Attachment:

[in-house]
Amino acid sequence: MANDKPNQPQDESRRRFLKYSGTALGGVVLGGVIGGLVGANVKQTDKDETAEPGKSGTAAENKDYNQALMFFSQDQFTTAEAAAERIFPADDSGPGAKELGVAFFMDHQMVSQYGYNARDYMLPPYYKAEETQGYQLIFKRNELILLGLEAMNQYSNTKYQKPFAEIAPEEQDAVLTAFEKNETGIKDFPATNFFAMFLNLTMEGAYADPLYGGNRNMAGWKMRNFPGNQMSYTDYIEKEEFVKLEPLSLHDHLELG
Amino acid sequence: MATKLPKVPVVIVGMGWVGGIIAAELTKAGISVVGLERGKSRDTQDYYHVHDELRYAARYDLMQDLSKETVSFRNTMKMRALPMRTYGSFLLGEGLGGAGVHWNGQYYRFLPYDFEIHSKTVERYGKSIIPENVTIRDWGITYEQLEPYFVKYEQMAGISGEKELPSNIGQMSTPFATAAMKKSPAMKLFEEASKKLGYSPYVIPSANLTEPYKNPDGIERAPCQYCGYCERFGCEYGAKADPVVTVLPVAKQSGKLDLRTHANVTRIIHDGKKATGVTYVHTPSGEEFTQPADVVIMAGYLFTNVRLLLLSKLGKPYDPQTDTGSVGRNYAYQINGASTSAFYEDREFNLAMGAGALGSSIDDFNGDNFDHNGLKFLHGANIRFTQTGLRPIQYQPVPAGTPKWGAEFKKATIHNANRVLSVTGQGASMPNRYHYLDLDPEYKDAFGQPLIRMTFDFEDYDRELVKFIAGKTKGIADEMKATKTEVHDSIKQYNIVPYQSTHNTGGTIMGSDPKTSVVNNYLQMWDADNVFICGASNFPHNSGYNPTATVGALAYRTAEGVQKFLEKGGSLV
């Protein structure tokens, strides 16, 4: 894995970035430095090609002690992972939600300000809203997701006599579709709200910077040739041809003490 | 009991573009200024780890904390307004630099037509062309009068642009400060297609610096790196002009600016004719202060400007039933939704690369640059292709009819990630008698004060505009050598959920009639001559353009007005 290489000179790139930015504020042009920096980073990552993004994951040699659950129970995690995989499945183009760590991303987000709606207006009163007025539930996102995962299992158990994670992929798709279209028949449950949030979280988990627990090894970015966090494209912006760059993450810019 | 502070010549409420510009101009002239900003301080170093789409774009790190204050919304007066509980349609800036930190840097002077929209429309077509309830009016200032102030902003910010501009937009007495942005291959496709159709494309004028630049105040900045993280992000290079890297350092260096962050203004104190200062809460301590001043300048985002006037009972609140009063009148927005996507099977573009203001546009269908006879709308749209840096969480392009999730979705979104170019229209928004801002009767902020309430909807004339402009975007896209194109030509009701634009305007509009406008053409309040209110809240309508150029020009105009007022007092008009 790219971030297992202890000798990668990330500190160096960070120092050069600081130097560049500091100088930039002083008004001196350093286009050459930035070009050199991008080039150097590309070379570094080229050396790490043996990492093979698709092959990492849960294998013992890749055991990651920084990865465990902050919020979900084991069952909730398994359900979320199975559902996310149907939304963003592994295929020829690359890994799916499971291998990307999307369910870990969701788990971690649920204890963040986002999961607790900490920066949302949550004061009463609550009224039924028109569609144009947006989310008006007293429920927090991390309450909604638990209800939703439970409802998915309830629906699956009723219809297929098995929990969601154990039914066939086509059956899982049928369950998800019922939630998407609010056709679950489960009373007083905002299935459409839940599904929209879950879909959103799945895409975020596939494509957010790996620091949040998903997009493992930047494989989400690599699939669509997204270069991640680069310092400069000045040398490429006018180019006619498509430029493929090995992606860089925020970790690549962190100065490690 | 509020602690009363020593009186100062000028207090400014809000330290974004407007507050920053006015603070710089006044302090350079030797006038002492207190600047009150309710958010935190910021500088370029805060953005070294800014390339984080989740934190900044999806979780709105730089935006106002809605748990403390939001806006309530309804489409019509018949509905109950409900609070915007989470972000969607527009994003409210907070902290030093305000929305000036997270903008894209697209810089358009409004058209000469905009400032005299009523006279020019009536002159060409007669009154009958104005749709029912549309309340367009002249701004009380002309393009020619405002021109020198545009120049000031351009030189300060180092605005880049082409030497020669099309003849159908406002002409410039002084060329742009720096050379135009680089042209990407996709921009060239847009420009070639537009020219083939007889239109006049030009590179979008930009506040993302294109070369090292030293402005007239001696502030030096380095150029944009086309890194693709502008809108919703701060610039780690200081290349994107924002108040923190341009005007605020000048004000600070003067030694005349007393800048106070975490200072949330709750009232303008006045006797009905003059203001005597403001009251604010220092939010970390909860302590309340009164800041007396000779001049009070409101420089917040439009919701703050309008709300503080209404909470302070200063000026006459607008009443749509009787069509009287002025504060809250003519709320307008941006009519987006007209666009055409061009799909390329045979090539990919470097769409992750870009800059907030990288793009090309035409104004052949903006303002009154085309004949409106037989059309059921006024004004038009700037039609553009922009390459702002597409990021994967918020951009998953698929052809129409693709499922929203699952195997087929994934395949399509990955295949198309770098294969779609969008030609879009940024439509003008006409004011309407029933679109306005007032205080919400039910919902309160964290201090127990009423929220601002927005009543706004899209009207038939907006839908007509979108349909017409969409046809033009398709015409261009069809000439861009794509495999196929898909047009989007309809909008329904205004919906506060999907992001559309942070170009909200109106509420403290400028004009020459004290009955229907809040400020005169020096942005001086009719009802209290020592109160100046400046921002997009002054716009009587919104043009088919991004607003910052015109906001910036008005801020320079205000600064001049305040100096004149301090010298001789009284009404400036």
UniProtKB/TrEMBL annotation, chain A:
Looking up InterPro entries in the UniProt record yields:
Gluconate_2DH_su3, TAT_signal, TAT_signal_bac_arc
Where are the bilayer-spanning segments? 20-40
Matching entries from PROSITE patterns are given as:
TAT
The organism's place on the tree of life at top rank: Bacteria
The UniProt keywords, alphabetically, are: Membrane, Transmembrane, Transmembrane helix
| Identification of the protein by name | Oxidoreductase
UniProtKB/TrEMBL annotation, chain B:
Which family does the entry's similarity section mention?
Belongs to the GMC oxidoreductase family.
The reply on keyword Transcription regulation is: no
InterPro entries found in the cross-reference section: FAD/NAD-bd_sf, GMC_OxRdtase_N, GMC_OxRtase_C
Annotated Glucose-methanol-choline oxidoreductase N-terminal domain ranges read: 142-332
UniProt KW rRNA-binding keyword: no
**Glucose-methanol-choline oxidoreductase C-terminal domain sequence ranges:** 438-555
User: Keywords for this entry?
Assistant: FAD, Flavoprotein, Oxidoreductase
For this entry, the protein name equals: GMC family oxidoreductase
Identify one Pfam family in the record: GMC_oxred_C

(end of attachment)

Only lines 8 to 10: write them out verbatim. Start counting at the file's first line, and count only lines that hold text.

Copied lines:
Where are the bilayer-spanning segments? 20-40
Matching entries from PROSITE patterns are given as:
TAT